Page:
Most of us have had experience of worrying about losing control of our money. Bills mounting week after week. Building up a small pot of money only to receive an unexpected bill or a knock at the door, suddenly emptying the piggy bank.
It can happen to anyone. Look at the Government. Its long fight to pay off our country’s debts is a long way from over.
But you hope that if your money ever slips its leash, you have protection. Savings. Reliable income. The social capital of a community that helps you learn how to bring money back under control. And we hope that we have elected a prudent government, whose chancellor is working responsibly to drive the spending of taxpayers’ money back within our means.
Others aren’t so lucky.
In Britain, the financially excluded number a shocking 1.5 million people. Three times the population of Edinburgh. They have no bank account. At least a third of them are stuck on welfare. They find themselves turning to payday loans to make ends meet, and however they stretch, the ends never do quite meet. The little money they have they carry gingerly.
And it gets worse. The help we try to give, may fail to get through. Because if you’re cut off from the financial world, you may also be cut off from the digital world. Imagine having no bank account. And now imagine you have no email account. And picture how frustrating that would feel when the way we give welfare, like everything else, is moving more and more online.
We have to fix this. But we’ll have to be smarter.
In an effort to address the vulnerability of financially excluded people, the Centre for Social Justice hosted a roundtable discussion in the summer to look at practical solutions to provide people with the support, skills and resources they need.
Want to fix financial exclusion? You can’t do it alone. Today, any realistic solution must team up with a drive to boost digital access. We can learn from the recent trial of Universal Support – local training designed to work with the government’s vital Universal Credit reforms. There are two items on Universal Support’s core curriculum, and they are the right ones: keeping a budget and getting online.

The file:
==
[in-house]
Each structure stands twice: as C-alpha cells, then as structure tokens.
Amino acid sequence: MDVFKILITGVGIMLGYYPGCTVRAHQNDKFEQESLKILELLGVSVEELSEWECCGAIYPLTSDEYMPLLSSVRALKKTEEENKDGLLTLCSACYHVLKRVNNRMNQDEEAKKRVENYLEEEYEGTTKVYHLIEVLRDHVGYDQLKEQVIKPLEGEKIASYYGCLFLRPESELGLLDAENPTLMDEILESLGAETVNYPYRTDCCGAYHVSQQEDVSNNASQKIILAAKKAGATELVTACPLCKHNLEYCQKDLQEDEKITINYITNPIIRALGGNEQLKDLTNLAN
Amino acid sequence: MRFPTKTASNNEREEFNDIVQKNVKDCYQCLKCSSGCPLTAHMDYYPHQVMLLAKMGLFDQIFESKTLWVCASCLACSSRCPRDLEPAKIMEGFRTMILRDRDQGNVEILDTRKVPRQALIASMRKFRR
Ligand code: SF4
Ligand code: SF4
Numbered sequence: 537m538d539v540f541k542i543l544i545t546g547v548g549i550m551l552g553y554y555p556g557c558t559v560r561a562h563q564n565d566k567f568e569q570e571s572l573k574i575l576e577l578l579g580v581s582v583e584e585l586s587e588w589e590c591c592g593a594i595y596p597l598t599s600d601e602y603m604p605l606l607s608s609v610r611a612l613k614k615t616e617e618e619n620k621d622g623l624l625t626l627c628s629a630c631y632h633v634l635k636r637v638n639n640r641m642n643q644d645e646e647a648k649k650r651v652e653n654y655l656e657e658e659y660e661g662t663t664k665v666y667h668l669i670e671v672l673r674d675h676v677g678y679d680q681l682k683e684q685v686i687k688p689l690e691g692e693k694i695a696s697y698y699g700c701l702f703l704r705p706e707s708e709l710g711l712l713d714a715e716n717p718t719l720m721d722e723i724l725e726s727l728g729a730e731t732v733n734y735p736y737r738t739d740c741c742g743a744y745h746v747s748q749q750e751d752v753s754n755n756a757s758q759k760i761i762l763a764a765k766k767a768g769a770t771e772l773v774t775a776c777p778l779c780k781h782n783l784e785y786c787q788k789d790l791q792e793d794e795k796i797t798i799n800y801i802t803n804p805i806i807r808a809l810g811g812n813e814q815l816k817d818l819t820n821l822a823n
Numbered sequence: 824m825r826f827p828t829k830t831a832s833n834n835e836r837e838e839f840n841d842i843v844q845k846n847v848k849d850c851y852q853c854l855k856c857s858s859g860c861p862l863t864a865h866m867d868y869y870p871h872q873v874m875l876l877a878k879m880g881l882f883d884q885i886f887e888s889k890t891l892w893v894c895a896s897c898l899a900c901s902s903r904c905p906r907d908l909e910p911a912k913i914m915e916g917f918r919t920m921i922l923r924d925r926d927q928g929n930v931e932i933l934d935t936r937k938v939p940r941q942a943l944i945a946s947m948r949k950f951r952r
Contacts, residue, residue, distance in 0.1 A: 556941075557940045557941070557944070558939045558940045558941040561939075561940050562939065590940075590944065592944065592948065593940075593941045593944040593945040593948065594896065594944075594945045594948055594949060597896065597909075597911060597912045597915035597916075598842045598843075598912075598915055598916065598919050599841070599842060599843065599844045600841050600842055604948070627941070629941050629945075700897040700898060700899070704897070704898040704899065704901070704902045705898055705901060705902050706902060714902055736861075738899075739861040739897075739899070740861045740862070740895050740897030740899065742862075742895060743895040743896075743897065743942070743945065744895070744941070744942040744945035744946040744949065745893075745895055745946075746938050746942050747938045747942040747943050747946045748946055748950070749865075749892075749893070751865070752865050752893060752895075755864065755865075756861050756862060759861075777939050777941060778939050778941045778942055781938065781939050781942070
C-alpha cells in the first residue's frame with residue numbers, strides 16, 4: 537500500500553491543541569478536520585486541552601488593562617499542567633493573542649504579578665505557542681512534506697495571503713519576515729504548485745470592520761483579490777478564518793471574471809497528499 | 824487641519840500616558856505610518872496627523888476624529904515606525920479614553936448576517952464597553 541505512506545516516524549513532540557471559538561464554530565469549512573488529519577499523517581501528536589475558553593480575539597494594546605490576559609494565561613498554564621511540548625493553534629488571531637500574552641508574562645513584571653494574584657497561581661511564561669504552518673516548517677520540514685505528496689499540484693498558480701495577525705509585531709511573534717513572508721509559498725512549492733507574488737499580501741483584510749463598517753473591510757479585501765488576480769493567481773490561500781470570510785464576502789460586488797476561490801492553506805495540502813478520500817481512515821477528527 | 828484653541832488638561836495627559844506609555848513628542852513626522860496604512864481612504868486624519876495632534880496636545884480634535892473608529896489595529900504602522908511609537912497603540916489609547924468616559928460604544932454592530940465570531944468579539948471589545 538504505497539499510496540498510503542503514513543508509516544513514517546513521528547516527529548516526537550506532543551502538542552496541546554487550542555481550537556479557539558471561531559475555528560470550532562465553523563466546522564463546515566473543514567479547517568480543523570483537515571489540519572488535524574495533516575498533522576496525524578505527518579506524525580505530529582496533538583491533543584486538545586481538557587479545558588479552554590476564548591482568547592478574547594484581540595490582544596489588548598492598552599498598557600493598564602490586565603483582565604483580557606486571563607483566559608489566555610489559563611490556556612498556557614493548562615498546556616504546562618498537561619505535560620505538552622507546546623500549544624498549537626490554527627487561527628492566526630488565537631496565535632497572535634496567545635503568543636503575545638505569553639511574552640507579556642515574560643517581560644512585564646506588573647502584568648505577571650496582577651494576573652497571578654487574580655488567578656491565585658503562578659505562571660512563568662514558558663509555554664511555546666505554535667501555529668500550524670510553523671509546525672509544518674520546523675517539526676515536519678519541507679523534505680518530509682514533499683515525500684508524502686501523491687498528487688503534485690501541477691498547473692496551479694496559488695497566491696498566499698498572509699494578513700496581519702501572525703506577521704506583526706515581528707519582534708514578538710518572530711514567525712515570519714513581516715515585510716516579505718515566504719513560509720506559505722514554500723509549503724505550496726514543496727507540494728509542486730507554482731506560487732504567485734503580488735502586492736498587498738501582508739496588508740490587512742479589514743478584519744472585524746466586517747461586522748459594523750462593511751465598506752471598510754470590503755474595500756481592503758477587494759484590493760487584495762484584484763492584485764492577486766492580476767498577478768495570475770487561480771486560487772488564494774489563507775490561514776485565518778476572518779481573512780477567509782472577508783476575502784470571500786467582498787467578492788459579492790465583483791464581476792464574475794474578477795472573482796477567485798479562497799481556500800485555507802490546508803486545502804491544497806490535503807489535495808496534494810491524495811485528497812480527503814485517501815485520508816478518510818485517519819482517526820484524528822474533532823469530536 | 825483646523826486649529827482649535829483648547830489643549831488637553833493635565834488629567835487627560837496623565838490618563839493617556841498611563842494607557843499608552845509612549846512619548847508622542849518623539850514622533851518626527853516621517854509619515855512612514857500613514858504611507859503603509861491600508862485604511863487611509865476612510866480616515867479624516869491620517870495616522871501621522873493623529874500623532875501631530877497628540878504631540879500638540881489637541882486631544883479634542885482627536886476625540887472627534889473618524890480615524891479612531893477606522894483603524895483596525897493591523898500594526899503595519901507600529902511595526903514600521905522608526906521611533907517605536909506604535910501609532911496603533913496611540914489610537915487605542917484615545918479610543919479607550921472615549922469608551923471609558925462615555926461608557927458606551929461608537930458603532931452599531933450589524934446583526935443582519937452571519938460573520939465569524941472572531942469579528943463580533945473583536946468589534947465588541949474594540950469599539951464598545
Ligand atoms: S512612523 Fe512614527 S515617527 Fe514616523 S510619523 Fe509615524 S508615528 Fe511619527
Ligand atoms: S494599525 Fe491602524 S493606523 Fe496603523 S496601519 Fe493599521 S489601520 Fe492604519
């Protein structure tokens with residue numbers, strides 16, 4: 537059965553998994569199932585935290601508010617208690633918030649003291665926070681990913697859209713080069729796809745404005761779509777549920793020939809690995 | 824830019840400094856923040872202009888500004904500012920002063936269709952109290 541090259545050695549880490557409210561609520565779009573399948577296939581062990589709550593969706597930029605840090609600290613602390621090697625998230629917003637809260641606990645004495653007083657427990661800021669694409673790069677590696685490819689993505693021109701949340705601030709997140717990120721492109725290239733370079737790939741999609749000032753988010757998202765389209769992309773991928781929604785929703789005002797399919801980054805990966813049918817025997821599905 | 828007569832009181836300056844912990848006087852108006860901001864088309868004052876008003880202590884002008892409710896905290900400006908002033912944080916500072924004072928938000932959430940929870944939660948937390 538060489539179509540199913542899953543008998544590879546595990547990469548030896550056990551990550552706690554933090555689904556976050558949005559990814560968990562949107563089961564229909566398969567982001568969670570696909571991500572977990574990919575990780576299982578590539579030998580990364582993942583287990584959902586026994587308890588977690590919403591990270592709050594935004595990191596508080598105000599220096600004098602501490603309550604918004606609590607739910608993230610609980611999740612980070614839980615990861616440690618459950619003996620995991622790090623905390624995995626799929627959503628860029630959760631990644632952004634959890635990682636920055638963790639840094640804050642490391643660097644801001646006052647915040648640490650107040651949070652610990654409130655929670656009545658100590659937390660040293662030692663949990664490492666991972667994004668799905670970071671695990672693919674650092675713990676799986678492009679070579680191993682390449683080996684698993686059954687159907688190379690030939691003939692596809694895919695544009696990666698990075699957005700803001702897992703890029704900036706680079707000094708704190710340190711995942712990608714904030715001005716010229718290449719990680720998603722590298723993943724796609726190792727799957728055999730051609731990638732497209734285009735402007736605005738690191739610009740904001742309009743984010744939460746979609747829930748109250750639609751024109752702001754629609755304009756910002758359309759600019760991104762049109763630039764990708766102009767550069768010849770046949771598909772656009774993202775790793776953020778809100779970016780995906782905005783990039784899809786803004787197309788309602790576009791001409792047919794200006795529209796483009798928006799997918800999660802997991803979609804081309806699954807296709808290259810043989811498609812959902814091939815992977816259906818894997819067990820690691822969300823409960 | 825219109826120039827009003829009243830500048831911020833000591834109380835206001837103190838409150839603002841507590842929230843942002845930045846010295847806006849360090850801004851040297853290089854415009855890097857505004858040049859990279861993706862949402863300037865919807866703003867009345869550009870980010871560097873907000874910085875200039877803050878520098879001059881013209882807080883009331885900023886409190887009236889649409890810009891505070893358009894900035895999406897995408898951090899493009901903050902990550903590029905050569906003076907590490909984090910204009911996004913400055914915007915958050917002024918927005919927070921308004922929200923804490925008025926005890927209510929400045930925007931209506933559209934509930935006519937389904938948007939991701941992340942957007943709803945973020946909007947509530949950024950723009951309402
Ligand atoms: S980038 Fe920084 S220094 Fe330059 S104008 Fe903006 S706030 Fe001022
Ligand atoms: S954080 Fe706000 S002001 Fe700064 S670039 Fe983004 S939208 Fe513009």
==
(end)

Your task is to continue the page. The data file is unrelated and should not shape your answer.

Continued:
But we can’t leave it to the Government. After all, if you want dazzling IT projects or tight money management, a department of state is never going to be your first port of call. Which means it is critical that private companies and charities step up to help battle this two-headed giant.
After all, in Africa, it was innovative phone companies that brought mobile banking to the masses. Why can’t that happen here?
The CSJ report highlighted case studies of companies already doing their bit to help reduce financial exclusion. In the UK, it is great news that Lloyds Banking Group, as a key financial player, has already committed to delivering 20,000 Digital Champions by the end of 2017. Lloyds is helping businesses, charities and individuals develop precious digital skills. Sodexo, a world-renowned government services provider, works with local authorities in France and elsewhere to provide emergency welfare support to people who are disadvantaged. This type of system can help to deliver social inclusion, and encourage people to learn budgeting skills. They have seen great success with this model and believe there is a case for something similar in the UK.
And I’m so personally committed to this issue that I’m working on a new microfinance platform to enable all of us to lend small amounts of money to others in our community who have no access to any other kind of finance. We’re bringing microfinance and crowdlending, online innovations which have been remarkably effective in developing economies, to Britain’s excluded communities. Please get in touch if you are interested in hearing more.
Because none of us can afford to turn away.
Remember, these twin struggles, with money and the internet, aren’t just one more abstract policy problem. They equal social disconnection squared. Disconnection from the web, the greatest communication network in human history. Multiplied by disconnection from the peace and plenty of commerce. We know gold’s deepest value, John Donne wrote, when we recognise it is the soul of trade. And today it is the precious exchange of ideas and payments online that helps bind together our commercial society.
But not for hundreds of thousands of our fellow citizens.
Since you are reading this online article, you are lucky enough to be on the inside, like me. We need to help the excluded join the network. Sharing this great good fortune of ours more widely will leave no one the loser. I’d love to hear your ideas for how we can solve this problem, together.
Syed Kamall is Chairman of the European Conservatives and Reformists Group and is an MEP for London. Syed is taking part in a microfinance conference at City Hall on the 4th November. If you are interested in finding out more about this conference please email email@example.com
This article originally appeared on Conservative Home.